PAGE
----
From Christine Romans
Our public school system is designated as K-12, but I like to say that it should be "Crawl through 12"
We need to invest in our kids now so we can save later. It's not happening, though. States are shrinking education budgets and in some cases even stopping pre-kindergarten programs. That fewer of our kids now have the chance to go to pre-school prevents them from developing the precious skills needed to interact with other kids their age and be ready for kindergarten. In fact, they enter kindergarten at a level 18 months behind other kids their age. Without a quality education, they may never catch up and are more likely to need special education services or become dropouts.
The stats in this graphic are startling. A child’s early education is now directly linked to their family income level. And the more income, the more likely they are to be in a quality pre-k program.
(click for full view)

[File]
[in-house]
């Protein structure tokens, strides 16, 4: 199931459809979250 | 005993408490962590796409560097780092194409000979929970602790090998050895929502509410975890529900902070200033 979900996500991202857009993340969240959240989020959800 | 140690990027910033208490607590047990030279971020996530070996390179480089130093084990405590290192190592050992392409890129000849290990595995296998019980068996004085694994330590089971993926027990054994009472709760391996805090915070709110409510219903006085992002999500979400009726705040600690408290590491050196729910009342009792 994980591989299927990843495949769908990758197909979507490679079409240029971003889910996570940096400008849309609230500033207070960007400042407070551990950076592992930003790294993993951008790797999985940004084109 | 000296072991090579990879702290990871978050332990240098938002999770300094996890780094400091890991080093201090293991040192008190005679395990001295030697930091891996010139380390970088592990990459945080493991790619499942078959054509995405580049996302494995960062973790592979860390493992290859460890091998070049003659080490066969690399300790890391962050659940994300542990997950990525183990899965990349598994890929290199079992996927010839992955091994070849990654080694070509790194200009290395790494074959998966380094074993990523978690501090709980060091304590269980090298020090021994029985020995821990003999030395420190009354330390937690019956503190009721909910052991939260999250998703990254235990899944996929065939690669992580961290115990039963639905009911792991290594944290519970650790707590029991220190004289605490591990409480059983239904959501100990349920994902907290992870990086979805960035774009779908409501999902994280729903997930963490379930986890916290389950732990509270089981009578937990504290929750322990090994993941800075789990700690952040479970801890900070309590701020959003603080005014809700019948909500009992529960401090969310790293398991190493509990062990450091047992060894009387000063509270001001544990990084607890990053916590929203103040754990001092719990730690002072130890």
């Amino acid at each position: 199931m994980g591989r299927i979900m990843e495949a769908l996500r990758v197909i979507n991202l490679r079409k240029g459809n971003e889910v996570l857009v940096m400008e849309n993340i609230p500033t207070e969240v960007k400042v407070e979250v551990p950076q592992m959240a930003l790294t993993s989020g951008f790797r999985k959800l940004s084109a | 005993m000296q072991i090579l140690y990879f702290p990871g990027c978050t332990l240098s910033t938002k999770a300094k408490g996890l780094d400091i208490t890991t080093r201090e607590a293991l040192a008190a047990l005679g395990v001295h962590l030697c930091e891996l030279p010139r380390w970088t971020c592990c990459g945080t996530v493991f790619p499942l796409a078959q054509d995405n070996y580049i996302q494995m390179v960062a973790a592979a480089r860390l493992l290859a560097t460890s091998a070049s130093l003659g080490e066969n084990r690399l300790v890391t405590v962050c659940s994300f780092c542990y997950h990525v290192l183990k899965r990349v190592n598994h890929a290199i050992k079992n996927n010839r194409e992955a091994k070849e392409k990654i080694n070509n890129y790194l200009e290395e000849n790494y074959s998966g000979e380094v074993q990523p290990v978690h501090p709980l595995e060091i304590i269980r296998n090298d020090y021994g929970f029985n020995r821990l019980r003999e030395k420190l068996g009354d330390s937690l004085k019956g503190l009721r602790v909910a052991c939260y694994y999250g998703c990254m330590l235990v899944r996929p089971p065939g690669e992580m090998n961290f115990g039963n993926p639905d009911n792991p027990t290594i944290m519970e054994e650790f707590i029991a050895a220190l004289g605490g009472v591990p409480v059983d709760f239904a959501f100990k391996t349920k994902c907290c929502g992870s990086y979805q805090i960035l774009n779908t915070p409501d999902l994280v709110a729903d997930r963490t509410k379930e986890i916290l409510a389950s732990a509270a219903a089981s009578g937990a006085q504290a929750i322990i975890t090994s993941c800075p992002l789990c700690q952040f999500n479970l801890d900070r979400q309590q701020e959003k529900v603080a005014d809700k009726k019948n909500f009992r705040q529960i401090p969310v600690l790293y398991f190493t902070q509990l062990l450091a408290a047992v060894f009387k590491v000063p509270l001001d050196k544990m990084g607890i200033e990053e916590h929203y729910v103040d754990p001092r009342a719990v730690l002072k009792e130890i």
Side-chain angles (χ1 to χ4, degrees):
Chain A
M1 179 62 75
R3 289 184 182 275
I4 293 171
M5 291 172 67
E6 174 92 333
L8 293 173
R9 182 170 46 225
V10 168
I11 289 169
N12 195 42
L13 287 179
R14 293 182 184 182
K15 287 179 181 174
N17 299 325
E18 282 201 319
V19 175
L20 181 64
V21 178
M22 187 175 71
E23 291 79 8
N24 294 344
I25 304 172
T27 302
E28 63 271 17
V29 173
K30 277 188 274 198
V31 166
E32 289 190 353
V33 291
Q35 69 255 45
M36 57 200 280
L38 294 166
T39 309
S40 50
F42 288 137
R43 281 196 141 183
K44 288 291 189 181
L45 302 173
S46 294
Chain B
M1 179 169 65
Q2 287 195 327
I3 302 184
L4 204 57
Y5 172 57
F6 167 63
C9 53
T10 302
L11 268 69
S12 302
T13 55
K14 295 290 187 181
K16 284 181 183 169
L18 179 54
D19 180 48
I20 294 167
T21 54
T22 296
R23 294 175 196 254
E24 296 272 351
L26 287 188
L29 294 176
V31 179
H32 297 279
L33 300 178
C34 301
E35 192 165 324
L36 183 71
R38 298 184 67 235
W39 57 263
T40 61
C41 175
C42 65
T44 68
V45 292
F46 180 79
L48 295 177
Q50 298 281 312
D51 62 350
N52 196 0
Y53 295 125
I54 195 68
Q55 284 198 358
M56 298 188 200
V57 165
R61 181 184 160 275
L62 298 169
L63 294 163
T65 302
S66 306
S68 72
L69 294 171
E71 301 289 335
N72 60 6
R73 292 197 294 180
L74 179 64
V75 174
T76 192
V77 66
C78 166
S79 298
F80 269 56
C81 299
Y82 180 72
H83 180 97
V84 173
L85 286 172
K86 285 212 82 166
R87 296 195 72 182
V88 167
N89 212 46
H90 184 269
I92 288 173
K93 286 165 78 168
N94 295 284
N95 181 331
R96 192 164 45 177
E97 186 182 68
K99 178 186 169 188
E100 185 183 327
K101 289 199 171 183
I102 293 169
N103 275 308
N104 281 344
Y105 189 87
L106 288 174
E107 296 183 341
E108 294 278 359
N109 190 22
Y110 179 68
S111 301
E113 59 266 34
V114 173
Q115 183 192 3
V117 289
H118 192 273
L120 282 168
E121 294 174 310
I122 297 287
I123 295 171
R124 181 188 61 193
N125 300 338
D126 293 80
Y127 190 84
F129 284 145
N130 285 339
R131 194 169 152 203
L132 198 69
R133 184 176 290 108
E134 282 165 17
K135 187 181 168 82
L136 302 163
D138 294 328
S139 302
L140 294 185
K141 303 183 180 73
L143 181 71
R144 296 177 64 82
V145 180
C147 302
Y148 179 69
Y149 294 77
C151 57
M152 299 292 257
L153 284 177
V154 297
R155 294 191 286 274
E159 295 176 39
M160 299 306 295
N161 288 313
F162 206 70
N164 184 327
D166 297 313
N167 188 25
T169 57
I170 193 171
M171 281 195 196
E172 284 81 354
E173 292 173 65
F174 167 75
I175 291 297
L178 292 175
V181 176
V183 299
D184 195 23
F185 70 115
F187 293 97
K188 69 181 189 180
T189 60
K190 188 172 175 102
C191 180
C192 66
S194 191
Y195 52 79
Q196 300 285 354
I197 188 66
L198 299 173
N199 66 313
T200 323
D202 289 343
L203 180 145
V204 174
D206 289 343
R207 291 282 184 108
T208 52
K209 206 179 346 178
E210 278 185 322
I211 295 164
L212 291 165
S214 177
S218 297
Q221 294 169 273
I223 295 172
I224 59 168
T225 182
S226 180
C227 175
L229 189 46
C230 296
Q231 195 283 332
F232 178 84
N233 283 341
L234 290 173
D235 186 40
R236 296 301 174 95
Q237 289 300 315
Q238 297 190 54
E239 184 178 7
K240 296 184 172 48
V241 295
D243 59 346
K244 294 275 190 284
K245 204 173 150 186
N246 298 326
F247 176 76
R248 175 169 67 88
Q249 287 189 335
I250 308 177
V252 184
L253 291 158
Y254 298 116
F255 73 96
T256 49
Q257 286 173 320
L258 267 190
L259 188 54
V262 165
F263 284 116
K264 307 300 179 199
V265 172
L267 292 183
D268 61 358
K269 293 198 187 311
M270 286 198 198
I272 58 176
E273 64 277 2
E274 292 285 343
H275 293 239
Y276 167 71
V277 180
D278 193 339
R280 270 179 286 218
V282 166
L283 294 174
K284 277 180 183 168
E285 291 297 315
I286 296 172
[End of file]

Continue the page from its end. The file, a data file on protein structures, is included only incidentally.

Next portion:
On Your Bottom line I take a look at the science showing the need for early education and the politcs now taking it over.
Here is part of my conversation with conservative commentator Christopher Metzler of Georgetown University and Sam Chaltain a former New York City school teacher and education activist. They both agree the your tax dollars are going to the wrong places.
Christopher Metzler: Unfortunately education is not a sacred cow, and as we keep hearing cut cut cut education is not a sacred cow and that's where we have to start.
Christine Romans: I think that's a good point and I want to be very clear I don't use the words spend and invest interchangably because they are not exactly the same word. I know we are spending a lot but how are we making those investments and making sure those investments pay off because the early childhood education part of this is so critical. If you invest the right dollar early on you are saving many many more dollars later on.Now Sam, I know you disagree with Chris, but President Obama has been in office more than three years now. Where is the evidence that he is improving education in this country?
Sam Chaltain: I don't know that you can point to a ton of evidence that suggests that and I think part of it is because both parties fail to understand whats most essential to transfer the state teaching and learnign from what it currently is what it ought to be in the future.